For the past 24 years, the National Childhood Vaccine Injury Act has protected vaccine manufacturers from being sued for most injuries caused by their products, but a Supreme Court case brought Tuesday by parents of allegedly vaccine-injured Hannah Bruesewitz may challenge this liability safeguard.
Robie and Russell Bruesewitz are suing vaccine manufacturer Wyeth (now part of Pfizer) for using an allegedly outdated and flawed vaccine design for the DPT vaccine their daughter received in 1992 -- a vaccine they claim is responsible for Hannah's residual seizure disorder, according to court documents.
Cases concerning vaccine safety design are normally handled by the federal "vaccine court," a no-fault compensation program set up by the 1986 Vaccine Injury Act to shield manufacturers from liability for injuries or death "resulted from side effects that were unavoidable even though the vaccine was properly prepared and was accompanied by proper directions and warnings."
When the vaccine court rejected their case in 2002, on the grounds that her particular disorder was no longer a presumed vaccine-related injury, the Bruesewitzes sued Wyeth anyway and have appealed continued rejection of their claim all the way to the Supreme Court.
Now the Supreme Court must decide whether suits over flaws in design of a vaccine bypass the vaccine courts set up in 1986. If so, manufacturers will be opened up to an increased liability that some doctors fear might scare companies away from producing much-needed vaccines, as was the case before the 1986 Vaccine Injury Act.
Seven out of the eight vaccine manufacturers had stopped making vaccines before the act was put in place in the 1980s says Dr. Paul Offit, chief of the Division of Infectious Diseases at the Children's Hospital of Philadelphia . With the help of vaccine court, there have been "two decades of new vaccine research and development" and it would be "a disaster" if the court were done away with, he says.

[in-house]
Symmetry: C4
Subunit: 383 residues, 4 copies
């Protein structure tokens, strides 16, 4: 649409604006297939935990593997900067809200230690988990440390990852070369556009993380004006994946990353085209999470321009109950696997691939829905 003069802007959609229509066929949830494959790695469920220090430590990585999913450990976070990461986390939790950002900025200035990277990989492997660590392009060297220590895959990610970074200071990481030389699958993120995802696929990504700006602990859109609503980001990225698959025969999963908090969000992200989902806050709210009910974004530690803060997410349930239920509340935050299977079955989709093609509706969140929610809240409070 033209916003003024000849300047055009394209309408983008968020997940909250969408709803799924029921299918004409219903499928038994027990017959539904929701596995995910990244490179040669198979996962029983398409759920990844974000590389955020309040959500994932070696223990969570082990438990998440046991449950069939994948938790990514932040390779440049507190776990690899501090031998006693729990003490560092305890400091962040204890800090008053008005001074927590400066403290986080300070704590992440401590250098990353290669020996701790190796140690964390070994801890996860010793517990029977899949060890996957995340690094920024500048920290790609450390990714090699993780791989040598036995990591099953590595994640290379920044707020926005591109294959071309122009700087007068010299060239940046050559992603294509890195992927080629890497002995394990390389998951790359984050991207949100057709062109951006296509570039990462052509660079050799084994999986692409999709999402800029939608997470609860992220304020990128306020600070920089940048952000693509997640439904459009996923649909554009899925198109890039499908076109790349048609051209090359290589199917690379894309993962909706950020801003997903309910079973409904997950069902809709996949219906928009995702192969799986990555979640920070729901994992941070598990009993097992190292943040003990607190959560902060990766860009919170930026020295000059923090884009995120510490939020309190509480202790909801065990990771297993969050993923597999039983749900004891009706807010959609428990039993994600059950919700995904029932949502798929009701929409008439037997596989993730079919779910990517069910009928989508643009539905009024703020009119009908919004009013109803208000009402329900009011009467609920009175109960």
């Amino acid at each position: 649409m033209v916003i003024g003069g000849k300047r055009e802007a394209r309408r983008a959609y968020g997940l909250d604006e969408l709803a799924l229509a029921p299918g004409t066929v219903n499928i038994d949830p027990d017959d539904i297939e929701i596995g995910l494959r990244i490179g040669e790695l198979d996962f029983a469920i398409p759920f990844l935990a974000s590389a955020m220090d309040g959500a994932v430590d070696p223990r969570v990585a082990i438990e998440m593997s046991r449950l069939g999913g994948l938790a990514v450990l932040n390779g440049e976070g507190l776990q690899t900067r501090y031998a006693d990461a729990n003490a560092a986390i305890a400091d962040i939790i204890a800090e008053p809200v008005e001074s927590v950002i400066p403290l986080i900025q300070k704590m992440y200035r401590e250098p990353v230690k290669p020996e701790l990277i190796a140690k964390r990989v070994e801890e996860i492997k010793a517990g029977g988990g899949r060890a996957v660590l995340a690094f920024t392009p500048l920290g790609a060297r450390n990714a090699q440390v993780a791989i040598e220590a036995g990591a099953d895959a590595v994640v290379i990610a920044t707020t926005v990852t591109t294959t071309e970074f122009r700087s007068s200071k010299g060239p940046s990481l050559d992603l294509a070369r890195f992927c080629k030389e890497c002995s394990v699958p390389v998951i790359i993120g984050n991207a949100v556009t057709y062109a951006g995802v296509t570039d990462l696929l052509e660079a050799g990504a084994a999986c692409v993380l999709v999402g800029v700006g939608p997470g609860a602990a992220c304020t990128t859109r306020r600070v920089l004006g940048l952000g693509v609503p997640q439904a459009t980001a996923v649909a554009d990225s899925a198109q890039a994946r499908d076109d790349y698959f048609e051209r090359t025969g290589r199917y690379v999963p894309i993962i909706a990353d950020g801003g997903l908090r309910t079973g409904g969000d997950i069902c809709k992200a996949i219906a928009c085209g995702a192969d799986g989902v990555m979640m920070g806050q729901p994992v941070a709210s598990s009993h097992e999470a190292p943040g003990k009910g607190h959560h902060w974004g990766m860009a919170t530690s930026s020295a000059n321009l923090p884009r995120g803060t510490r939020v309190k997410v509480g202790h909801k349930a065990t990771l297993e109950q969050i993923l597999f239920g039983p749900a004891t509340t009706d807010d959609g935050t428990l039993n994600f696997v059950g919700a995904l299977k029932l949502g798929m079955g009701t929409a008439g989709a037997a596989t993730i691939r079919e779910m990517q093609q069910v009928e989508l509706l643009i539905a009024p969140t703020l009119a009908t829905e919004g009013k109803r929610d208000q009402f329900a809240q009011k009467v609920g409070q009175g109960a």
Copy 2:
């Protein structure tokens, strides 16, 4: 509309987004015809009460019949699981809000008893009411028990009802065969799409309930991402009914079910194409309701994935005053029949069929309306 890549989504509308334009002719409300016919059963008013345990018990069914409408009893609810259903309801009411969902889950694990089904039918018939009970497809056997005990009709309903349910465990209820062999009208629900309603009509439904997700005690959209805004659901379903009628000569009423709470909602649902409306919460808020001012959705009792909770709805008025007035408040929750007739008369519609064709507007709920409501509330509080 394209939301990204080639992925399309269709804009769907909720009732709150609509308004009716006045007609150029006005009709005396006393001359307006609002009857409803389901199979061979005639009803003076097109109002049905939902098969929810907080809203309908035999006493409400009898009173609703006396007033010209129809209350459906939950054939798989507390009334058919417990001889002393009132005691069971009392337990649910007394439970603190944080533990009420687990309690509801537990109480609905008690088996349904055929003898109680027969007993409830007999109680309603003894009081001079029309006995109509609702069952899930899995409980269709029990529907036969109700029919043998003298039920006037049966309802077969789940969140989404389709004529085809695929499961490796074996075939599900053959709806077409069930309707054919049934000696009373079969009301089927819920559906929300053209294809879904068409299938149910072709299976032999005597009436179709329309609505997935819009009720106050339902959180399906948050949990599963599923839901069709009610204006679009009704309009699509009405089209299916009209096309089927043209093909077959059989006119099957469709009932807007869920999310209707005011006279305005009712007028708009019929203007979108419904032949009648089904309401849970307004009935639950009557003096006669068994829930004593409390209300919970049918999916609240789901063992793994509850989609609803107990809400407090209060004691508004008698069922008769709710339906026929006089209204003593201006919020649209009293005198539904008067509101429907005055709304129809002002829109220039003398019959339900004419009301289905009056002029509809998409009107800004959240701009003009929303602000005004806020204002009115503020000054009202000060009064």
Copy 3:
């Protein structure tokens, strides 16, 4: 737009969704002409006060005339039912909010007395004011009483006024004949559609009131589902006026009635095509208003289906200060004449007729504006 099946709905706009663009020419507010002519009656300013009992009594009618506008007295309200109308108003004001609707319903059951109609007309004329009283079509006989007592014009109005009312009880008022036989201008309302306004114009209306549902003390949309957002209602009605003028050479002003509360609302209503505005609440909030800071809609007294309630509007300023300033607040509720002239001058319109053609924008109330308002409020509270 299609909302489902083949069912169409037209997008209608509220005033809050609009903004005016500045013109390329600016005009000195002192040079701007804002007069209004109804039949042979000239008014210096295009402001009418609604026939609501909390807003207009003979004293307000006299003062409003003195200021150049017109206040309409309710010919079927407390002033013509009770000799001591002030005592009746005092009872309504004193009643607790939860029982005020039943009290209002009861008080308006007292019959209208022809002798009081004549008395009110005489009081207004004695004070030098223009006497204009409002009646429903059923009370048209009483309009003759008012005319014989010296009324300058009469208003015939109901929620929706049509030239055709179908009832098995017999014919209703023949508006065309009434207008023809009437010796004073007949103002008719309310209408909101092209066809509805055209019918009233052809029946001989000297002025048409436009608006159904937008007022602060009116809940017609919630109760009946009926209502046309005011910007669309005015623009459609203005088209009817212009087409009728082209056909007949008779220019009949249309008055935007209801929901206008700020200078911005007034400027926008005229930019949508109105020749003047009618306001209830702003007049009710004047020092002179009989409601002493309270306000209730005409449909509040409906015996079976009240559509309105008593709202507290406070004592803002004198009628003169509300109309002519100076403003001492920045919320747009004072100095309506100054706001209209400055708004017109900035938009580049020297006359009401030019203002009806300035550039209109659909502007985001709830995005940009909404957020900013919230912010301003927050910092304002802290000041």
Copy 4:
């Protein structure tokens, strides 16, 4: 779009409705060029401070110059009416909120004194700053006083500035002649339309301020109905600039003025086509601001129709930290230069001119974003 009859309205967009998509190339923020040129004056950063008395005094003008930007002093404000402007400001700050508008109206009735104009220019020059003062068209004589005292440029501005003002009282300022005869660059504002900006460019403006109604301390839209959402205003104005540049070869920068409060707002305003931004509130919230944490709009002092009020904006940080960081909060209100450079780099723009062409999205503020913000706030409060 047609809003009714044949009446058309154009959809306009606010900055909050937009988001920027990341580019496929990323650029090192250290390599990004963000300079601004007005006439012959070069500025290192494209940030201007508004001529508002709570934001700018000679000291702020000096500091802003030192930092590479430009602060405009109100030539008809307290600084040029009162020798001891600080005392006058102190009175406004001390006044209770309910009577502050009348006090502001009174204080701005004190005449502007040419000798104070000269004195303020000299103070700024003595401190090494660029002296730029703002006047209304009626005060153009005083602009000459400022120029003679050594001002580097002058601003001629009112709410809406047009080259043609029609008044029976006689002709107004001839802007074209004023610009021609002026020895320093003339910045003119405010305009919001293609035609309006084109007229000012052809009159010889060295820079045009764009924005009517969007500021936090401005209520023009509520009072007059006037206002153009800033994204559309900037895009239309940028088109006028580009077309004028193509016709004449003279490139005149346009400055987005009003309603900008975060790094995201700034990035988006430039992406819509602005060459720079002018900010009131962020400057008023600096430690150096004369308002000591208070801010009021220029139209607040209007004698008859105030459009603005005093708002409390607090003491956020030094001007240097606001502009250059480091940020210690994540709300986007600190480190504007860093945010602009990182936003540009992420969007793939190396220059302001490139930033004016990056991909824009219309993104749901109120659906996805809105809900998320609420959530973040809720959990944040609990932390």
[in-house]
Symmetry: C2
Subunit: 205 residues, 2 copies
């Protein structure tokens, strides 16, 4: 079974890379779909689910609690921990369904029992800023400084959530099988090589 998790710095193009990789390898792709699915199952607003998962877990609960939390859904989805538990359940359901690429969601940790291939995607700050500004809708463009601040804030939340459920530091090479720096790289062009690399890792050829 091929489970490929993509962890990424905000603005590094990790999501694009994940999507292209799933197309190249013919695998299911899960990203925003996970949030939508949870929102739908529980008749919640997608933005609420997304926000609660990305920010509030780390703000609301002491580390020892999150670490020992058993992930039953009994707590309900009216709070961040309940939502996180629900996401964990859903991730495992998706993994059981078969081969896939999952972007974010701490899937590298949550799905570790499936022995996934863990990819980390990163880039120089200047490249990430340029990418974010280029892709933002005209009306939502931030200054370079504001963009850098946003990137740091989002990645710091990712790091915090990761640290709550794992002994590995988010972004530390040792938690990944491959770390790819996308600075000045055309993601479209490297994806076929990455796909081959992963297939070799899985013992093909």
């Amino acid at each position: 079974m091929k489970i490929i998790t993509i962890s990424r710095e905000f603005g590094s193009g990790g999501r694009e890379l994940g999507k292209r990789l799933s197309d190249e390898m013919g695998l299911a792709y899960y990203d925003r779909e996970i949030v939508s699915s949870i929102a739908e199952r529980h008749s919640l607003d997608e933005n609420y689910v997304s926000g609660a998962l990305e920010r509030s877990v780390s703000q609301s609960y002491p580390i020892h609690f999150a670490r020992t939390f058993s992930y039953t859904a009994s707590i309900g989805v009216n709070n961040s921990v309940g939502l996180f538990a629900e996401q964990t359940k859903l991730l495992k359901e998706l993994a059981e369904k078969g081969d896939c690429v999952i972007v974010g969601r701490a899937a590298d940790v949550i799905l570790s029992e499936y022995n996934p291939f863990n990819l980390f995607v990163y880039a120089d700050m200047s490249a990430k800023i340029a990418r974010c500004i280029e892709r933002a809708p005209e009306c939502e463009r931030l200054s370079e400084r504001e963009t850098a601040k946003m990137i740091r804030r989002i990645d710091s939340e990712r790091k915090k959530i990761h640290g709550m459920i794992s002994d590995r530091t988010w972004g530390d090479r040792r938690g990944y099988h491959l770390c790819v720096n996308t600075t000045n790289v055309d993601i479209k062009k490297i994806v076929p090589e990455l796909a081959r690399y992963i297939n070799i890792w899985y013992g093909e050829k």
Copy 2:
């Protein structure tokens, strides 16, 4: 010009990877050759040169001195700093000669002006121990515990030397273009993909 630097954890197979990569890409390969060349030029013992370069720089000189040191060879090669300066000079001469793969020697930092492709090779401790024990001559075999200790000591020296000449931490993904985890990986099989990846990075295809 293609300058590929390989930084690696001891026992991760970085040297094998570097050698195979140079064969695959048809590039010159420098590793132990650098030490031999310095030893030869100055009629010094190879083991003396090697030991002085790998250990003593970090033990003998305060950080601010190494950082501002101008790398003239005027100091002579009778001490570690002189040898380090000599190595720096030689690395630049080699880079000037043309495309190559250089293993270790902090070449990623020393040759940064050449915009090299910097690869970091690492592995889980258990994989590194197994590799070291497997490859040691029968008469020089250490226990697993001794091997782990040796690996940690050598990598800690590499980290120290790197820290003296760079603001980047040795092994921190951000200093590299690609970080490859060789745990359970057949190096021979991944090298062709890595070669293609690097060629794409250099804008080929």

"The whole system of vaccine injury compensation was set up 24 years ago because the entire vaccine industry was threatened by lawsuits -- all that uncertainty actually resulted in several companies leaving the vaccine market," says Dr. William Schaffner, chairman of Preventive Medicine at Vanderbilt University.
"We were threatened in the U.S. of not having a viable vaccine industry, which is critical in times of pandemic, never mind routine prevention against diseases that are still rampant in the rest of the world. It was serious enough that congress created this excellent, rigorous system," he says.
The Bruesewitz case has raised concerns in the medical community that a win for the family may undermine the vaccine court and the protection it supplies manufacturers.
Currently, issues of vaccine design are generally considered off limits for civil liability suits, but this case questions the breadth of the vaccine court's protection of manufacturers.
If the Supreme Court decides that vaccine design is outside of the "unavoidable" side effects listed in the Vaccine Injury Act, some health organizations fear this could mean a flood of other civil court cases brought on similar charges.